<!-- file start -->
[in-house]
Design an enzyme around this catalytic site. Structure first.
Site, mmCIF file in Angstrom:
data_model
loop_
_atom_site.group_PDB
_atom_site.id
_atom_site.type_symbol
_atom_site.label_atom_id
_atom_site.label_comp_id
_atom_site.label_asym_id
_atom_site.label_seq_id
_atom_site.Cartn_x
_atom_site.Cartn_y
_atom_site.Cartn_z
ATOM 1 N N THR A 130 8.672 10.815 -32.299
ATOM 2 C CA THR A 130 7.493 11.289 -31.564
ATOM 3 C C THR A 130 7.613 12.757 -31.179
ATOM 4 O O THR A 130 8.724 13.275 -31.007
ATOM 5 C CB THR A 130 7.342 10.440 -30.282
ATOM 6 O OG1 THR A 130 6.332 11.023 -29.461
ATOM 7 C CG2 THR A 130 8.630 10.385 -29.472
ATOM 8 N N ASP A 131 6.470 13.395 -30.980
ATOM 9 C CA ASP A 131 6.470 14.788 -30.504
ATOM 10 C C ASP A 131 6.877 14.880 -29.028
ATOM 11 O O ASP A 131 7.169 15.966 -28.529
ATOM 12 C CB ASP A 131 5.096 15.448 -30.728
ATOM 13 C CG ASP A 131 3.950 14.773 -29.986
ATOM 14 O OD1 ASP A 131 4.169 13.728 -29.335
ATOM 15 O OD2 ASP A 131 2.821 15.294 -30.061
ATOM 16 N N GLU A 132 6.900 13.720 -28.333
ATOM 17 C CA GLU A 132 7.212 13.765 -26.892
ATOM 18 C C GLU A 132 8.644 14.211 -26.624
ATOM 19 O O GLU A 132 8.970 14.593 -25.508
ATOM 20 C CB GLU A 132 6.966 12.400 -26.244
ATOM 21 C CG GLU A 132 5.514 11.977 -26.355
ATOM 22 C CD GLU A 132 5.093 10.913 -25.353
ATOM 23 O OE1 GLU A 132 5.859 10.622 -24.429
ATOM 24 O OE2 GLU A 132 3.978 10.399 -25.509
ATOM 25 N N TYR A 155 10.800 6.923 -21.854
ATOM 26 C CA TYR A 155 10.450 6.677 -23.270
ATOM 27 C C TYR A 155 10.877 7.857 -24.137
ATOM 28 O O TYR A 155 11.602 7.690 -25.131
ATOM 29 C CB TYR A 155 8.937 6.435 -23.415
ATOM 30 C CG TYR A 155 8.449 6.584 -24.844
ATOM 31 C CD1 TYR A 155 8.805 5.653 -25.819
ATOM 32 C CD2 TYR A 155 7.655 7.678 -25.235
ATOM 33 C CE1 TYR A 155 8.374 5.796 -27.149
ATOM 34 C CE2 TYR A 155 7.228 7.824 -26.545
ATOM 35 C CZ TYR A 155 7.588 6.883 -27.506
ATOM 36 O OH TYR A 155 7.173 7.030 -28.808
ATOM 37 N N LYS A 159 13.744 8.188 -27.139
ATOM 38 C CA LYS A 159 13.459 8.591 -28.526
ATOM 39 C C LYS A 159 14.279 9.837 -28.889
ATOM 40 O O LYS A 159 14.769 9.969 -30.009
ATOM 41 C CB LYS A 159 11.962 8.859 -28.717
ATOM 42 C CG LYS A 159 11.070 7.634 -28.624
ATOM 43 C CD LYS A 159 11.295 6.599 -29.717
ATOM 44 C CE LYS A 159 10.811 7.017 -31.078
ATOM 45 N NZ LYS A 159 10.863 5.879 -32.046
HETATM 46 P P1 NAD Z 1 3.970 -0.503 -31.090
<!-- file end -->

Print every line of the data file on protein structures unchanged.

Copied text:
[in-house]
Design an enzyme around this catalytic site. Structure first.
Site, mmCIF file in Angstrom:
data_model
loop_
_atom_site.group_PDB
_atom_site.id
_atom_site.type_symbol
_atom_site.label_atom_id
_atom_site.label_comp_id
_atom_site.label_asym_id
_atom_site.label_seq_id
_atom_site.Cartn_x
_atom_site.Cartn_y
_atom_site.Cartn_z
ATOM 1 N N THR A 130 8.672 10.815 -32.299
ATOM 2 C CA THR A 130 7.493 11.289 -31.564
ATOM 3 C C THR A 130 7.613 12.757 -31.179
ATOM 4 O O THR A 130 8.724 13.275 -31.007
ATOM 5 C CB THR A 130 7.342 10.440 -30.282
ATOM 6 O OG1 THR A 130 6.332 11.023 -29.461
ATOM 7 C CG2 THR A 130 8.630 10.385 -29.472
ATOM 8 N N ASP A 131 6.470 13.395 -30.980
ATOM 9 C CA ASP A 131 6.470 14.788 -30.504
ATOM 10 C C ASP A 131 6.877 14.880 -29.028
ATOM 11 O O ASP A 131 7.169 15.966 -28.529
ATOM 12 C CB ASP A 131 5.096 15.448 -30.728
ATOM 13 C CG ASP A 131 3.950 14.773 -29.986
ATOM 14 O OD1 ASP A 131 4.169 13.728 -29.335
ATOM 15 O OD2 ASP A 131 2.821 15.294 -30.061
ATOM 16 N N GLU A 132 6.900 13.720 -28.333
ATOM 17 C CA GLU A 132 7.212 13.765 -26.892
ATOM 18 C C GLU A 132 8.644 14.211 -26.624
ATOM 19 O O GLU A 132 8.970 14.593 -25.508
ATOM 20 C CB GLU A 132 6.966 12.400 -26.244
ATOM 21 C CG GLU A 132 5.514 11.977 -26.355
ATOM 22 C CD GLU A 132 5.093 10.913 -25.353
ATOM 23 O OE1 GLU A 132 5.859 10.622 -24.429
ATOM 24 O OE2 GLU A 132 3.978 10.399 -25.509
ATOM 25 N N TYR A 155 10.800 6.923 -21.854
ATOM 26 C CA TYR A 155 10.450 6.677 -23.270
ATOM 27 C C TYR A 155 10.877 7.857 -24.137
ATOM 28 O O TYR A 155 11.602 7.690 -25.131
ATOM 29 C CB TYR A 155 8.937 6.435 -23.415
ATOM 30 C CG TYR A 155 8.449 6.584 -24.844
ATOM 31 C CD1 TYR A 155 8.805 5.653 -25.819
ATOM 32 C CD2 TYR A 155 7.655 7.678 -25.235
ATOM 33 C CE1 TYR A 155 8.374 5.796 -27.149
ATOM 34 C CE2 TYR A 155 7.228 7.824 -26.545
ATOM 35 C CZ TYR A 155 7.588 6.883 -27.506
ATOM 36 O OH TYR A 155 7.173 7.030 -28.808
ATOM 37 N N LYS A 159 13.744 8.188 -27.139
ATOM 38 C CA LYS A 159 13.459 8.591 -28.526
ATOM 39 C C LYS A 159 14.279 9.837 -28.889
ATOM 40 O O LYS A 159 14.769 9.969 -30.009
ATOM 41 C CB LYS A 159 11.962 8.859 -28.717
ATOM 42 C CG LYS A 159 11.070 7.634 -28.624
ATOM 43 C CD LYS A 159 11.295 6.599 -29.717
ATOM 44 C CE LYS A 159 10.811 7.017 -31.078
ATOM 45 N NZ LYS A 159 10.863 5.879 -32.046
HETATM 46 P P1 NAD Z 1 3.970 -0.503 -31.090